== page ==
June 22, 2021 4 min read
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The founder of half a dozen tech companies, Paul English is an industry trailblazer who has led a plethora of businesses from early-stage startups to software now used by millions. He’s perhaps most well-known for disrupting the travel industry with online travel search engine Kayak, which he sold to Priceline in 2012 for close to $2 billion. I recently sat down with Paul to discuss his keys to success, as well as his latest startup that is set to shake up the podcast world.
A native of West Roxbury, Mass., English grew up alongside six siblings in a three-bedroom house, where he slept in the unheated attic. It was there, among his tight-knit family of nine, that his competitive spirit emerged, which later translated into his professional career. After graduating from the University of Massachusetts Boston with an M.S. in computer science in 1989, English switched jobs every year or two. He dipped his toes into a variety of industries, including creating advanced software for United States Airforce spy planes, programming medical devices, writing accounting systems and performing operations research for computer manufacturing systems. Eventually he found himself at computer software company Interleaf, where for six years he tried to figure out how he could become the best programmer he could possibly be. After stints as both a programmer and marketing executive at the company, English uncovered the answer: Focus on design simplicity.
“As an engineer, you want to study the common paths that your customers are taking through your product, and then, perfect those paths,” he says.
As a result, English spends more time on product design than engineering. “It’s very difficult to make simple software — you have to have the eye for it and it takes intellectual stamina,” he says. “I would say nine out of ten programmers lack the intellectual stamina to perfect their software.”
For his first major company, Kayak, English’s innate desire to perfect product design paid off. The brainchild of both English and his co-founder, Steve Hafner, Kayak was created with the mission to make searching for flights as simple and efficient as possible. While they initially struggled with garnering traffic to Kayak’s website, English says the company’s ultimate success can be attributed to their focus on the following three attributes: making the platform a little bit cleaner, a little bit simpler and a little bit faster than anything else out there. With this mantra in mind, Kayak became fast enough and simple enough that users remembered it and began heading to the website. When the company filed its IPO in 2012, 70% of the site’s traffic came from people searching for the website directly.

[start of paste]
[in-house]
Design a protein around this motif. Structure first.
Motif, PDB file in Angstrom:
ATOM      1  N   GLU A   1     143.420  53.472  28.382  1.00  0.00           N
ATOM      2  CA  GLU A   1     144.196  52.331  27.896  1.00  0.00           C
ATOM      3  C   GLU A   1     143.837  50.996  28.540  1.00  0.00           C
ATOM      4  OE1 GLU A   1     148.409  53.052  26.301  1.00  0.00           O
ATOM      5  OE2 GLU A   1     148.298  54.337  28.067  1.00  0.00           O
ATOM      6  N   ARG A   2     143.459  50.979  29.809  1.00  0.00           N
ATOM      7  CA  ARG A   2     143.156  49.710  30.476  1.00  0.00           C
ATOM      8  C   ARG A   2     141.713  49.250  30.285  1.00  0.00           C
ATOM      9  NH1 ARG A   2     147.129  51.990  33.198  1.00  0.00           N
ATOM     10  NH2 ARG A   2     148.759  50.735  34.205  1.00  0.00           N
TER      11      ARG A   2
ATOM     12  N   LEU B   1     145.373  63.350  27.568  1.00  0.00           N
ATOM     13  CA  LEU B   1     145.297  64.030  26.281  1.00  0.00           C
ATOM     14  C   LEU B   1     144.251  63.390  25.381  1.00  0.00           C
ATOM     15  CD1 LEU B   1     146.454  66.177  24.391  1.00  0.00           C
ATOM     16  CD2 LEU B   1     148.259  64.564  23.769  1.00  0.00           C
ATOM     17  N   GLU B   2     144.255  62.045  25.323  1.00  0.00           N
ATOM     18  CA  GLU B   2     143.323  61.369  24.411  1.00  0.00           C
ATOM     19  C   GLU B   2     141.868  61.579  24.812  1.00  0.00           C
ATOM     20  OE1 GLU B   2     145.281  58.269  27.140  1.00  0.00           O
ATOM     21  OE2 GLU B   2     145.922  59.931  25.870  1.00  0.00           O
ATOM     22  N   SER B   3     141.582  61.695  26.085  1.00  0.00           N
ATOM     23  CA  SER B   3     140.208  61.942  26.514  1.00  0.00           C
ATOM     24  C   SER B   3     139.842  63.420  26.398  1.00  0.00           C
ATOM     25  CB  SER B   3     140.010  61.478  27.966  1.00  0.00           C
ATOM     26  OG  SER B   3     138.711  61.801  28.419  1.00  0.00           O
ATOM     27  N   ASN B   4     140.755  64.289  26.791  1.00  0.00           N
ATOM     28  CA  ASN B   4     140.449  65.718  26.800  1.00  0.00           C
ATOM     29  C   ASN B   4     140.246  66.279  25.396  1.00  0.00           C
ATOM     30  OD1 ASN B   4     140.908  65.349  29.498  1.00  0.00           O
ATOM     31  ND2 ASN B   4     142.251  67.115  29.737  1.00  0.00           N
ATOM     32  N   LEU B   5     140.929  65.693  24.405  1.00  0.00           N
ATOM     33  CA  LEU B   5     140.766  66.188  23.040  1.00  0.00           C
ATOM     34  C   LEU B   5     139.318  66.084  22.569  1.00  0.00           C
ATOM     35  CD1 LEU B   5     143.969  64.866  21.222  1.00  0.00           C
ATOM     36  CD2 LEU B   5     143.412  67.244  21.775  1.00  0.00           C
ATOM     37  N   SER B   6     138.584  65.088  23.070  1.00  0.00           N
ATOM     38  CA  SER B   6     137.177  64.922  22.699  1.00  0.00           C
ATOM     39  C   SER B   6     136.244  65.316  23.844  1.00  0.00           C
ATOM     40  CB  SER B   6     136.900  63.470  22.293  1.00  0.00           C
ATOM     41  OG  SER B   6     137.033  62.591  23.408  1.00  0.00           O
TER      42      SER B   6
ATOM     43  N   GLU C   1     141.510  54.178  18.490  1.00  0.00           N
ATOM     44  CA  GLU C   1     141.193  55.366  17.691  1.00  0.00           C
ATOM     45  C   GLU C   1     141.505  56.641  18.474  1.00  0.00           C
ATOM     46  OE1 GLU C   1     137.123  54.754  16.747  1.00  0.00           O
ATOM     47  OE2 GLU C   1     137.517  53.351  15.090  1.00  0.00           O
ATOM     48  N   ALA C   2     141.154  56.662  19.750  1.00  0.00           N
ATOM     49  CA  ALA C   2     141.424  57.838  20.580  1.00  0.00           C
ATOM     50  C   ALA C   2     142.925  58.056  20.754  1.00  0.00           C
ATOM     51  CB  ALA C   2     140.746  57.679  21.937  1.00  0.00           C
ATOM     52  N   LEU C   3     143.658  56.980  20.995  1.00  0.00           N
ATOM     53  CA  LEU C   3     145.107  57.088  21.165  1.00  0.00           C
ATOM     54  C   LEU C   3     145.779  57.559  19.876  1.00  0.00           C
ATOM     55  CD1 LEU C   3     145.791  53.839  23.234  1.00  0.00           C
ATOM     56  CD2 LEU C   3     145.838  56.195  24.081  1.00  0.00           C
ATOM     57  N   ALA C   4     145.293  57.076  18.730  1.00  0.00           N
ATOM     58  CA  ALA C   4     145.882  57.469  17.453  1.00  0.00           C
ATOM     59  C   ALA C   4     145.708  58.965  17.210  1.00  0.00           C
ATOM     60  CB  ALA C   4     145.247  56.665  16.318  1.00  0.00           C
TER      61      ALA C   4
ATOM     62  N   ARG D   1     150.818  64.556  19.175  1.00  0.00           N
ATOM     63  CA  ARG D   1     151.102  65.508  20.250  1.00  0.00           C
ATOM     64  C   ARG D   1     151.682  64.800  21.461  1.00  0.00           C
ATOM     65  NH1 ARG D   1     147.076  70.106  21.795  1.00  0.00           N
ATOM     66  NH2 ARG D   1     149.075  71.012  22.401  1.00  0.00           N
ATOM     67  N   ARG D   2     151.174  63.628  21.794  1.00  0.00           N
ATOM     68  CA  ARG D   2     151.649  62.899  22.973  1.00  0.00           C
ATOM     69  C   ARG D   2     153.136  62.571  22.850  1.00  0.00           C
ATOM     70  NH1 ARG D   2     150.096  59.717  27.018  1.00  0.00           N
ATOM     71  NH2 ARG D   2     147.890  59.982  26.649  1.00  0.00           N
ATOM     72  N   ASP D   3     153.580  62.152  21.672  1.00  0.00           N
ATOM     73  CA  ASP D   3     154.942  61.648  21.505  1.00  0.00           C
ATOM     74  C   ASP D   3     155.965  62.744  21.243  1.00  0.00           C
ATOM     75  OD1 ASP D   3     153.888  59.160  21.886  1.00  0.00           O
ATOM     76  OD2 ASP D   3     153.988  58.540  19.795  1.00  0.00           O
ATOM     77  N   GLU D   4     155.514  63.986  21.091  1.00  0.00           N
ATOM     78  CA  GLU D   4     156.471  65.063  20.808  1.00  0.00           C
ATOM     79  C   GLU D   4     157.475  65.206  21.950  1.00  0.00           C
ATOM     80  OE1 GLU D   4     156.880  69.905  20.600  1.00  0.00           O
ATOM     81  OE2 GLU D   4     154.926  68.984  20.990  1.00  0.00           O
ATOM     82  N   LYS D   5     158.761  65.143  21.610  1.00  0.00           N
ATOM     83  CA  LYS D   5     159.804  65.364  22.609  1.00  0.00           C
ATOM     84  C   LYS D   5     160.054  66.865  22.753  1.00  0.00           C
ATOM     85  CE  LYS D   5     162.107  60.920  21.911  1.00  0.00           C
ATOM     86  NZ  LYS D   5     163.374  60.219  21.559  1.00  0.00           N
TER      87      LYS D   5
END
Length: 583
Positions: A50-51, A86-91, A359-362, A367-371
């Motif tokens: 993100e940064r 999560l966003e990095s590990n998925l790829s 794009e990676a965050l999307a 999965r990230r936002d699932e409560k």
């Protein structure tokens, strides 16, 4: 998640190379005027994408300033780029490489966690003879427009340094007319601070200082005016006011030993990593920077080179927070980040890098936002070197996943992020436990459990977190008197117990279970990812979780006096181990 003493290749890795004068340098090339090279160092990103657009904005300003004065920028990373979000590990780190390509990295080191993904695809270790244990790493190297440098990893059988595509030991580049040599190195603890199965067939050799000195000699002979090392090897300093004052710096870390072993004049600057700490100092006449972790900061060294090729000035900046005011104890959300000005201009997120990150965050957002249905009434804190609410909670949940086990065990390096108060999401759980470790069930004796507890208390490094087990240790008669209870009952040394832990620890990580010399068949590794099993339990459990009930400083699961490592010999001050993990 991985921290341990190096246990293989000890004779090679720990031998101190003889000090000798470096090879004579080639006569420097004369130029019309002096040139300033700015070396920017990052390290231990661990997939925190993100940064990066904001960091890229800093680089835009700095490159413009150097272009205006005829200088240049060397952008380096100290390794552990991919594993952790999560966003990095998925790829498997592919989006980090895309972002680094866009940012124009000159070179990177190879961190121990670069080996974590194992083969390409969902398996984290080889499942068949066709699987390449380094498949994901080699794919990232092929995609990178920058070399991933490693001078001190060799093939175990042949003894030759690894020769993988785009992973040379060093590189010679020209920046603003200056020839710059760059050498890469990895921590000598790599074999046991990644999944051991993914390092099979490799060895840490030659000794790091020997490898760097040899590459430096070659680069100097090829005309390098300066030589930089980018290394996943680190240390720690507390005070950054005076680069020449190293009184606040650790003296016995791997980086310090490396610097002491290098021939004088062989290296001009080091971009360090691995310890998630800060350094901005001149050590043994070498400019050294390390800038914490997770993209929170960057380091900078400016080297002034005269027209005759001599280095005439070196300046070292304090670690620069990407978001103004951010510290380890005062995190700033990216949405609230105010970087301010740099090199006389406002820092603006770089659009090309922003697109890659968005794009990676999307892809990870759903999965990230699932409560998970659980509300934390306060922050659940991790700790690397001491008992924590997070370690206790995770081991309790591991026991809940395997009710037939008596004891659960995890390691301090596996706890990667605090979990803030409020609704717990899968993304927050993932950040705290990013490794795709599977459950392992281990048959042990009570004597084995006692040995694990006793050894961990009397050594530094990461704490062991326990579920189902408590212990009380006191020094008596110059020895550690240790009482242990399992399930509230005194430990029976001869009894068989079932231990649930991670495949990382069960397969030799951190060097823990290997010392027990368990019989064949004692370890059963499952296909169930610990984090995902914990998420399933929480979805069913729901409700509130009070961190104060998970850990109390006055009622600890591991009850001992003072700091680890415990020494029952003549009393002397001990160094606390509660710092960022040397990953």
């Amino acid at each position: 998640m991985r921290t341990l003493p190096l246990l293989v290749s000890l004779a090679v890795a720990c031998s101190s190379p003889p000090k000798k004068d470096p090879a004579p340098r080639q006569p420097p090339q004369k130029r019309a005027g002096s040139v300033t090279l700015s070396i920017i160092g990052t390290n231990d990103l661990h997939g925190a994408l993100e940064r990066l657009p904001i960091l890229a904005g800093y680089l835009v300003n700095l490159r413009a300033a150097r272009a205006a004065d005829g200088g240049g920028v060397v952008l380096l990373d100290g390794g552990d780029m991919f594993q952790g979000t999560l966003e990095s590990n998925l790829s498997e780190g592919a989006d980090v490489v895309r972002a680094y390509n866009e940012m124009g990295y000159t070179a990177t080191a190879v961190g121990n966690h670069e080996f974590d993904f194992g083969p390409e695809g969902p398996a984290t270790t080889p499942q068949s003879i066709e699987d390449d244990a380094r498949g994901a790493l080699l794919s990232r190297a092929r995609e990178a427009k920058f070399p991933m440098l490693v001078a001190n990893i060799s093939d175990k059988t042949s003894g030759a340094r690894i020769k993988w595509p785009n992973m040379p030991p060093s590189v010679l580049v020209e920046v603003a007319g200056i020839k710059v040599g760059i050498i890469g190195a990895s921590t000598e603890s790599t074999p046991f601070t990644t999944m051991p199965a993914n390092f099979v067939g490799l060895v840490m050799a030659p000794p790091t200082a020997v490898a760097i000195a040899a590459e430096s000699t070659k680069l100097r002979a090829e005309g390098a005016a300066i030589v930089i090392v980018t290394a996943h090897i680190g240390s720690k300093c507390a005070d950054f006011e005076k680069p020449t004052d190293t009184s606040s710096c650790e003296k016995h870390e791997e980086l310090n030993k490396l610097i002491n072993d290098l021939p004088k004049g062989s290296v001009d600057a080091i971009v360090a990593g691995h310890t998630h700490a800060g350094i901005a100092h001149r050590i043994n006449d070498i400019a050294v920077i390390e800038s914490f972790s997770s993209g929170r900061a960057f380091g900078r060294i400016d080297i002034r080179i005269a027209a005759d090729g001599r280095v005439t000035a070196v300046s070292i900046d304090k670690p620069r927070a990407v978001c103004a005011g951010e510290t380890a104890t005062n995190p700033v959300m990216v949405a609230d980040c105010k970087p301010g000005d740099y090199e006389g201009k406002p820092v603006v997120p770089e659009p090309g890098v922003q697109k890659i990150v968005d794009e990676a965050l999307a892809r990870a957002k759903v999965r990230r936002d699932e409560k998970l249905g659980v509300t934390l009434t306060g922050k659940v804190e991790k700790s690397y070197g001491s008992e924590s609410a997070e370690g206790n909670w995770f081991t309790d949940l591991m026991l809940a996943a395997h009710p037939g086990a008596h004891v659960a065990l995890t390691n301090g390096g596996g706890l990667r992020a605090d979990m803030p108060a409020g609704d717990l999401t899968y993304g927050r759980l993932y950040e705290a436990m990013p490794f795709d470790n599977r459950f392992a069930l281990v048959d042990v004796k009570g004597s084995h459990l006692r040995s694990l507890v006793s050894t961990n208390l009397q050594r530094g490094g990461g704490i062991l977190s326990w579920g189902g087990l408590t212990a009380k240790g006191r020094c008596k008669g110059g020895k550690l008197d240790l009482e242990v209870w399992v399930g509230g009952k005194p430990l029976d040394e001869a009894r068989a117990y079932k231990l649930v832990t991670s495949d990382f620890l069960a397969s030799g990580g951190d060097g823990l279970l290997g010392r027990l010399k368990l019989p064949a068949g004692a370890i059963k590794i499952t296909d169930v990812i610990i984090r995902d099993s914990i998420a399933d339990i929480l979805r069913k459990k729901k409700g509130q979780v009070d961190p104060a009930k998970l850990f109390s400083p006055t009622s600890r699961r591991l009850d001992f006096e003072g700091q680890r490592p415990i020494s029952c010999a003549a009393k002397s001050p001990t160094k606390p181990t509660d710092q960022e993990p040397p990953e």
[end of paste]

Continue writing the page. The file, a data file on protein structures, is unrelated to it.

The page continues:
“I found out that when you typed the letter ‘K’ into Google’s search bar, the first result that came up was Kayak,” English says. “That’s when I knew we had made it.”
After 10 years at Kayak, English was ready for something new. He launched Blade, a Boston-based incubator that was composed of engineers and designers who invested in various startups. At Blade, he was approached by one of his board members, and subsequently started Lola.com. At inception, Lola was a travel concierge app and now has evolved to a spend management platform that tracks and organizes company expenses in one simple console. He currently serves as the company’s CTO.
While English counts Lola.com as his day job, he’s also working on a number of additional projects. One of his most anticipated ventures is Moonbeam, a podcast player app that lets listeners discover new podcasts and interact with hosts.
With a slew of extraordinarily profitable tech companies under his belt, English lives by the motto “Team first, customer second, product third.”
“If you build a magical team, they’ll build a magical product,” English says. “And magical products are profitable products.”
For English, it’s his team, coupled with his passion for creating the best-performing products out there, that drive his success.
“I’m lucky to work in an industry where it’s easy to make money if you’re good, but I would still work in software if I didn’t make any money from it. This would be my hobby,” he says.
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